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Myths On Beta2c
Fortunately, he added, the virus is "very difficult to acquire."
Dr. Susan Gerber, a medical epidemiologist in the CDC's Division of Viral Diseases, agrees.
There's no evidence of sustained human-to-human transmission, she said, "where you see a chain of many cases going person to person to person."
"People shouldn't freak out," she added. "There's no evidence that this virus is easily spread, say, across a room."
The above comments on nCoV human to human (H2H) are largely based on negative data which lacks credibility. There have been three lab confirmed clusters, and all three clusters include symptomatic contacts who tested negative. Moreover, in the largest cluster, most of the symptomatic cases were designated as probable cases, based on interviews with symptomatic health care workers and relatives.
Most of the key detail (disease onset dates and relationships between probable cases), has been withheld for the ICU cluster in Jordan last April. However, local media reports and WHO updates indocate that the cluster involved at least 12 people, including 2 doctors, 7 nurses, and two family members of health care workers (HCWs). Outbreaks at ICU’s of a rare mysterious disease are usually linked to a treated patient, as was seen in the SARS-CoV outbreak in March of 2003. Like the current nCoV, SARS-CoV was present at higher levels in the lower respiratory tract and detection in the upper respiratory tract was a challenge. Moreover HCWs were at risk because the hospitalized cases had severe infections and coughing or intubation procedures could spread the virus “across a room”. The key signature of the SARS spread was super-spreaders, who could infect many contacts, who were typically HCWs.
WHO has not explained why the survivors in the ICU cluster were not lab confirmed, but the failure may be linked to a low level of virus in samples collected from the upper respiratory tract. However, they did acknowledge that the symptomatic cases were probably infected, as were at least two family members who cared for the HCWs. Disease onset dates were not released, but the two fatal case (45F nurse and 25M intern) died a week apart, suggesting the disease onset dates supported an extended transmission chain.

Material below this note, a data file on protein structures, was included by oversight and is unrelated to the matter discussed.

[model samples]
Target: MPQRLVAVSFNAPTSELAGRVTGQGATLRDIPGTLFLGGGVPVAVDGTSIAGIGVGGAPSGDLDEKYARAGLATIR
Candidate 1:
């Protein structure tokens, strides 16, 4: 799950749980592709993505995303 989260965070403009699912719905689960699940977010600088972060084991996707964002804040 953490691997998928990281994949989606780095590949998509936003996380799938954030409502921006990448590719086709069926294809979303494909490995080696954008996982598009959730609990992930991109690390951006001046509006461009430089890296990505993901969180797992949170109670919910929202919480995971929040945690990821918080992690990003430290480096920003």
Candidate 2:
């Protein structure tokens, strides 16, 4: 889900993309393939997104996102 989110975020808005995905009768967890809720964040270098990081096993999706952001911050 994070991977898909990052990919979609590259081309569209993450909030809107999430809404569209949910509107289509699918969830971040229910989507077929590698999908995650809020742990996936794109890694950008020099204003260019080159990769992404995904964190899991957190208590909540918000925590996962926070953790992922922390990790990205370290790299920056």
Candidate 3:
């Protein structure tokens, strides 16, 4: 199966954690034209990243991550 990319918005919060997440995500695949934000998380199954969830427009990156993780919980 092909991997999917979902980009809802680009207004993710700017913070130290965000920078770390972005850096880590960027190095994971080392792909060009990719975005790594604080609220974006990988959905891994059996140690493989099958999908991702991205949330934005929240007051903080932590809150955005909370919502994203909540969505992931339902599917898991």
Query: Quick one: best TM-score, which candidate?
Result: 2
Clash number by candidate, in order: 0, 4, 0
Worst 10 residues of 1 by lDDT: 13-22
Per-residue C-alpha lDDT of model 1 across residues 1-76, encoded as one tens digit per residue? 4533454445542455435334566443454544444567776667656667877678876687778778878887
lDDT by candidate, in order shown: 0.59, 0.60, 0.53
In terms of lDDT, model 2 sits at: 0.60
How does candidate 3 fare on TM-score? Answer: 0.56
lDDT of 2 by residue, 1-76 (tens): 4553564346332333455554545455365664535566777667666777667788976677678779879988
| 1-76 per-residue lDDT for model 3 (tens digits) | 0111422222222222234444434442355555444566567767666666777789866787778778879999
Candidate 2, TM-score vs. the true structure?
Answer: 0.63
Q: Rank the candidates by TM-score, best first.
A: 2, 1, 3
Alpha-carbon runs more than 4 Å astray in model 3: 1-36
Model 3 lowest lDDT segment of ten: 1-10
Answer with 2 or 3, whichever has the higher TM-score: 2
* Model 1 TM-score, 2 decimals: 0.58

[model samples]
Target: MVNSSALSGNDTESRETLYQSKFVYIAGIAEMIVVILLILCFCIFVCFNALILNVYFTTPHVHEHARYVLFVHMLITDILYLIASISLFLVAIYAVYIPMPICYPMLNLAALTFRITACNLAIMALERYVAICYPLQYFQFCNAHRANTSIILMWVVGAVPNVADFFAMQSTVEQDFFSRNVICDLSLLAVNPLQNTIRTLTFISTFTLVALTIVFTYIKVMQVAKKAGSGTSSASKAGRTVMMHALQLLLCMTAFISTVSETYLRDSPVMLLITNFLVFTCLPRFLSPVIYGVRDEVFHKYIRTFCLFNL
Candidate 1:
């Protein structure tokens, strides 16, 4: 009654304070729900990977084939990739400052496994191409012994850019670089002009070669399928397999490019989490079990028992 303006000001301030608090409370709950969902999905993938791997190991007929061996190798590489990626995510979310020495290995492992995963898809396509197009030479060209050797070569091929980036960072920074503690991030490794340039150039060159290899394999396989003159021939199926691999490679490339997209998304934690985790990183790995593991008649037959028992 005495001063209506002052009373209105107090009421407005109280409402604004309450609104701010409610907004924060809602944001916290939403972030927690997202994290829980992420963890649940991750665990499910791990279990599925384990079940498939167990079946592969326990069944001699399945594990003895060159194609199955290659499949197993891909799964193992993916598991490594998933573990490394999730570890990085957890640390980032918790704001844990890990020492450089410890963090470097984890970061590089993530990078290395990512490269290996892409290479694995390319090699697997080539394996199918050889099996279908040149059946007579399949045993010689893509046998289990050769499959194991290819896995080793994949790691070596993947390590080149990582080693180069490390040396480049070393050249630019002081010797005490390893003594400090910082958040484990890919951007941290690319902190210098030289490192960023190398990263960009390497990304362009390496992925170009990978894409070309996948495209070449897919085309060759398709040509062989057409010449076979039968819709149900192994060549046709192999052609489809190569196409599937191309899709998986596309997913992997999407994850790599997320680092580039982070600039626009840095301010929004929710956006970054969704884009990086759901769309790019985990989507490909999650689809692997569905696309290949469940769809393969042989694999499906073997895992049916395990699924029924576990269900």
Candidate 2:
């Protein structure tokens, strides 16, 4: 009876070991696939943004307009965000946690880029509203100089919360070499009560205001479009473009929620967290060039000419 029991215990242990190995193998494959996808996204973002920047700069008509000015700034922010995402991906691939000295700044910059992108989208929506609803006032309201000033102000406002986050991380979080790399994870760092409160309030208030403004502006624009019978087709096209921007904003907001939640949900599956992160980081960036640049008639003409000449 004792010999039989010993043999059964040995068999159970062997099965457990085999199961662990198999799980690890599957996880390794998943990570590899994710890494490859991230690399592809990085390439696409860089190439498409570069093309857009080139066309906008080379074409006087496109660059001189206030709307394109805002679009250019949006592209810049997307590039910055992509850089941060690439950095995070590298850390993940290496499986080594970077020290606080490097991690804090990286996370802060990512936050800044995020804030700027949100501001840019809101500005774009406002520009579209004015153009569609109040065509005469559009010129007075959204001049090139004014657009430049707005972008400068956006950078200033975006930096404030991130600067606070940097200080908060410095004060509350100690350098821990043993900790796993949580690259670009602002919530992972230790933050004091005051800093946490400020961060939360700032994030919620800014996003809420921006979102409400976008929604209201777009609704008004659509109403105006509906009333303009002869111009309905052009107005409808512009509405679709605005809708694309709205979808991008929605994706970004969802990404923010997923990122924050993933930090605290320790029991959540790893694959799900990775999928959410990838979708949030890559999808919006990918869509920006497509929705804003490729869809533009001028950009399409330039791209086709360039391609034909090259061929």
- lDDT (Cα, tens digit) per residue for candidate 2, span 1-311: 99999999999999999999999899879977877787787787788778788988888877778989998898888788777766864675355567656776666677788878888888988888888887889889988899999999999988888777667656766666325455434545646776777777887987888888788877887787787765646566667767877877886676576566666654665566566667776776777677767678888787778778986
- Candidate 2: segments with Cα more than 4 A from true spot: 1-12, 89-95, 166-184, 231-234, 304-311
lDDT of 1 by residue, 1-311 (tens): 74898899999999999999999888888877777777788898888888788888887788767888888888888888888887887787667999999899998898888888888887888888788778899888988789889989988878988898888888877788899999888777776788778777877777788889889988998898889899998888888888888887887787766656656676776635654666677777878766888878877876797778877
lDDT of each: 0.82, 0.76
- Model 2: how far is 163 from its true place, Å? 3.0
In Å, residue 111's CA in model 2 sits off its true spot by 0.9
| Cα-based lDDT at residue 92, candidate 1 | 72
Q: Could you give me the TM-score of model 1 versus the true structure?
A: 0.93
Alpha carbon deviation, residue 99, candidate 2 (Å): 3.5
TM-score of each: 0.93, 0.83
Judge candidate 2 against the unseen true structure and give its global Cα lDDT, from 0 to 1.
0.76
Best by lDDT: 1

The extended transmission chain was also supported in the familial cluster in Riyadh, although WHO also withheld disease onset dates for that cluster. The index case (70M) was said to have developed symptoms in “October”. One of his sons (39M) was hospitalized after his father’s death, and the son’s disease onset date was October 28. His brother’s (31M) disease onset date was between November 3-5, supporting a transmission chain from the father to the older brother to the younger brother. A fourth family member tested negative, but was also classified as a probable case due to common symptoms and contact with the three confirmed cases.
H2H transmission was also supported in the UK cluster. The index case (60M) developed symptoms while performing Umrah in Saudi Arabia. Three family members developed symptoms in the UK, and the two confirmed cases had no travel outside of the UK in the weeks prior to disease onset. The son (39M) died, but the other confirmed family member (30F), who had a mild case, had no contact with the son, and contact with the index case was limited to three hospital visits. However, since the index case was on an ECMO machine it is unlikely that the nCoV was transmitted at the hospital. A fourth family member was a likely link between the index case and the two additional confirmed case, but that family member also tested negative.
Thus, the claims of “no evidence” for sustained transmission is heavily dependent on false negatives in symptomatic cases that were characterized as probable, and claims of no transmission “across a room” a just another media myth.